Letting machines learn: technologies for the future

New technologies such as artificial intelligence and machine learning are on everyone’s lips – but mostly not in our hands. With the focus of the 5th call for applications we want to encourage more people to participate in shaping these new technologies and have a stake in our future. We want to find out what opportunities new technological developments offer to society. How much of this hype is righteous, what are the risks, how can we gain a better insight into the emergence of technologies and influence this process? Artificial intelligence is an example of the challenges we face in the verge of tomorrow’s technologies. The development of intelligent systems is only accessible to a few people and companies because the technologies are highly specialized. The amount of data needed to train the machines is often owned by large corporations and platforms. The development of new technologies and intelligent systems is often directed towards industry or embedded in the theoretical framework of universities. To ensure that emerging technologies reflect social reality and do not discriminate against people, we need to incorporate a wide range of experience and expertise into their development. We also aim to better understand what exactly we are talking about when we say AI and demystify technology. We therefore especially encourage software projects to apply, which deal with the following questions as part of their conceptual and practical work:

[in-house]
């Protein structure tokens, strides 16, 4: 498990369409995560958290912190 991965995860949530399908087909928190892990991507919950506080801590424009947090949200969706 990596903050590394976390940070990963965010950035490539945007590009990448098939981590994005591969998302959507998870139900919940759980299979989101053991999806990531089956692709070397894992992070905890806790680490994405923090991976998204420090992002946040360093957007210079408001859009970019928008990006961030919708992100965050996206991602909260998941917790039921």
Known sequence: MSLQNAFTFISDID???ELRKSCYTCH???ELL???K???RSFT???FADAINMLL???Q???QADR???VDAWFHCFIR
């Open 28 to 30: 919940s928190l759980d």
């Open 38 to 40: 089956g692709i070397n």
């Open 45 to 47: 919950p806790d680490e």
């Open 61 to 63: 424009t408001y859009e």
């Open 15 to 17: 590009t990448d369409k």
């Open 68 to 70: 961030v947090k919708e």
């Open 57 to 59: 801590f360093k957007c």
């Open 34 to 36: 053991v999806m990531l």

• Which social topics can be better explored and addressed with the help of machine learning, and how?
  • How can new technologies help us address (and reduce) existing injustice instead of reinforcing it?
  • Explaining and understanding new technologies: How do Machine Learning or Artificial Intelligence work? What are the challenges, myths and opportunities?
We are not seeking to apply new technologies to random problems, but instead to examine developments and fields of application in detail and placing people and their needs at the centre of technical development. In a blog post (in German) we have collected projects and ideas that illustrate our main topic. Projects outside this focus can also be supported if they are in the areas of digital infrastructure, data security, data literacy or civic tech.

How to apply

Applications are open to individuals and small teams who live in Germany. You can read more about the fifth round and apply at The projects we currently support can be found here.